I read Harry Potter and the Sorcerer’s Stone for the first time last week. The reading choice was borne more out of a sense of curiosity than anything else–what has the last ten years’ worth of hype been about, anyway?
How could one ruffled little wizard bring in so many millions in book sales and Hollywood revenue?
More importantly to me: How could one ruffled little wizard get an entire culture–that of conservative Christians–up in arms?
Yesterday evening, when I turned the last page of The Sorcerer’s Stone, I still didn’t get it.
For a book many conservatives still seem determined to stay miles from, it seems pretty tame. Magical brooms, green sparks, owls that carry messages, and an archetypal good vs. evil plot wrapped up in mystery and magic.
A few observations:
- If children growing up in a Christian home are so corrupted/influenced by a fantasy novel that it causes them to question the doctrines of the Bible, I’d think there’s an underlying problem far more fundamental problem than the book itself. Perhaps if, instead of presenting children with a this-book-is-satanic-and-you-may-not-read-it-list, parents actually read fantasy books with their children and talked with them about it, they’d find countless (biblical!) teaching opportunities.
- Everyone who has told me that the Harry Potter books are wrong has also admitted that they have never even read one of them. The English major within me screams–collapses–in protest at this blatantly counter-intuitive phenomenon. How can you make such weighty claims against a book if you’ve never read it? Go. Read it. Then defend your position with sources from the text.
- Vocabulary can incite wars. Especially literary ones. I have a feeling that if, instead of hobbits, The Lord of the Rings had witches and wizards, it would have been just as incendiary. The reverse is true: What if Harry Potter had been a hobbit? Would he still be banned from thousands of conservative homes?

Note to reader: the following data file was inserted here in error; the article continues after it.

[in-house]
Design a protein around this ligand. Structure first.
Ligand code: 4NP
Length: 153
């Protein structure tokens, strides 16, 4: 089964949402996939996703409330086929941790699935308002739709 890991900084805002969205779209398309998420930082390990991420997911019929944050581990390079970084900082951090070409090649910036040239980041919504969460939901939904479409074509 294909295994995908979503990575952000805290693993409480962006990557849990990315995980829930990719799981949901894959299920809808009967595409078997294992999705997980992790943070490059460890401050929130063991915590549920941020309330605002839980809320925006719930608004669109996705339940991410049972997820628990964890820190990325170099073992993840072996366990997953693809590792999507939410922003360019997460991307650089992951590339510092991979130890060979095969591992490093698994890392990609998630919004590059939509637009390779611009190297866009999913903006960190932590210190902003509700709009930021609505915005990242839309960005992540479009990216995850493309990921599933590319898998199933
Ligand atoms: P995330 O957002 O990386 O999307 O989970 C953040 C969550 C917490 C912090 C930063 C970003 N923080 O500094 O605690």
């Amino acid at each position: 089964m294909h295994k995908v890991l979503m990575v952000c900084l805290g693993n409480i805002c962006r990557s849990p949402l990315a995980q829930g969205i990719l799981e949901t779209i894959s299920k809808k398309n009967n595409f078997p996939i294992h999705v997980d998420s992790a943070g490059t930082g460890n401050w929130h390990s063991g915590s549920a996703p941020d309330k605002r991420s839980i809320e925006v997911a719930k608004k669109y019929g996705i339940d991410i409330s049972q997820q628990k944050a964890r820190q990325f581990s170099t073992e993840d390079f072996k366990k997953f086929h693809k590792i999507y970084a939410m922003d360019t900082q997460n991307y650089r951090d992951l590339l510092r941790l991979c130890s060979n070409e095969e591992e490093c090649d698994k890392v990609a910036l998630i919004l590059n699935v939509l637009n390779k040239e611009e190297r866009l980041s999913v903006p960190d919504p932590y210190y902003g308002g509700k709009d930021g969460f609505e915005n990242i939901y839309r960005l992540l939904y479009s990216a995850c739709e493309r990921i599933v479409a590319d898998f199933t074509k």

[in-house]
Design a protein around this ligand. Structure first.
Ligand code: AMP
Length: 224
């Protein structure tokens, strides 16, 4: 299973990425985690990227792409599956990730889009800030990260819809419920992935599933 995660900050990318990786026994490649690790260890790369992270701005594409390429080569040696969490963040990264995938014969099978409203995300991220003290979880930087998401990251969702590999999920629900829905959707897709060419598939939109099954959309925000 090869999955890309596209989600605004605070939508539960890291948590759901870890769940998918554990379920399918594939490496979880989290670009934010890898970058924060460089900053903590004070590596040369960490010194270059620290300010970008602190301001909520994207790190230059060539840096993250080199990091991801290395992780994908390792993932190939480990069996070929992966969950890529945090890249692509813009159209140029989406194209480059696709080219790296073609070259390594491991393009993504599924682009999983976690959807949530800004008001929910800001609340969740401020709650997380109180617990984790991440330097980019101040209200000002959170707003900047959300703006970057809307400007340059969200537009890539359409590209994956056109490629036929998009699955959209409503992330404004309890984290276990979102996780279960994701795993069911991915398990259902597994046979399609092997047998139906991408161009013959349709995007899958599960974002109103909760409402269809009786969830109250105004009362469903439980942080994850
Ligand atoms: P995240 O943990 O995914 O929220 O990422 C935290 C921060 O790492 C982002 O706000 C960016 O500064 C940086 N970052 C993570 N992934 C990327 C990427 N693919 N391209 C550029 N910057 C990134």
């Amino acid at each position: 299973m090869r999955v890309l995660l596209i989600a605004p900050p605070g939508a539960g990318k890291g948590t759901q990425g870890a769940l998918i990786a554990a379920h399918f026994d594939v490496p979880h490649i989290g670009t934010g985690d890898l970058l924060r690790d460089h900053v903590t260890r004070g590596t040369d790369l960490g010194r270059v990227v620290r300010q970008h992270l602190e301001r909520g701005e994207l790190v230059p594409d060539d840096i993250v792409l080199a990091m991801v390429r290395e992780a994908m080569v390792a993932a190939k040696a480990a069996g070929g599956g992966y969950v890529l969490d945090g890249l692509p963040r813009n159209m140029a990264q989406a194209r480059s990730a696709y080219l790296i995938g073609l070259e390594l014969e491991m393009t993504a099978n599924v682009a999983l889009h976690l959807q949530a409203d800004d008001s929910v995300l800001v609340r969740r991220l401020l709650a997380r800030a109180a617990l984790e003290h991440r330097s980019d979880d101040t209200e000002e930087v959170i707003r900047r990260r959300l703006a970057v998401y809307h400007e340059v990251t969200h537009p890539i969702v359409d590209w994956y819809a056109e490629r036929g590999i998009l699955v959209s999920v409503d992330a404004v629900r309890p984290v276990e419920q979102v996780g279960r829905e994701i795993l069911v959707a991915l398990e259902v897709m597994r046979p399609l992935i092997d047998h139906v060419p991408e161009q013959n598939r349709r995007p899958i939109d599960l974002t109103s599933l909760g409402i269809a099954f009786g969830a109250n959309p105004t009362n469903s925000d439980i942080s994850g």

- I’m even more confused now, this time as to why I’m taking the time to argue for J.K. Rowling. I’m not passionately in favor of the Potter books, though I’m planning to finish reading the series. I am, however, inexplicably passionate about people who ban books based on assumptions, catching fire at a little spark based on assumptions about mere words like “wizard” and “magic.”
Maybe I’m too naive to see satanic references in the books, but… I’m not finding it there, and I’m pretty sure a few billion (or more…or fewer) university English classes have taught me at least some critical reading skills.
I see a fantastically magical story about the good guys battling the dark side, only this time the players have wands and spells. As a matter of fact, I see more opportunities to put a biblical spin on the story than otherwise (Danielle Tumminio, who teaches a course on Harry Potter and Christian Theology at Yale, has an interesting take).
I’ll end with a quote, because I like the quote. If there’s evil indoctrination going on here, it’s hidden so deep I can’t find it.
Your mother died to save you. If there is one thing Voldemort cannot understand, it is love. He didn’t realize that love as powerful as your mother’s for you leaves its own mark. Not a scar, no not a visible sign … to have been loved so deeply, even though the person who loved us is gone, will give us some protection forever. Quirrell, full of hatred, greed, and ambition, sharing his soul with Voldemort, could not touch you for this reason. It was agony to touch a person marked by something so good.
Harry Potter and the Sorcerer’s Stone, pg. 299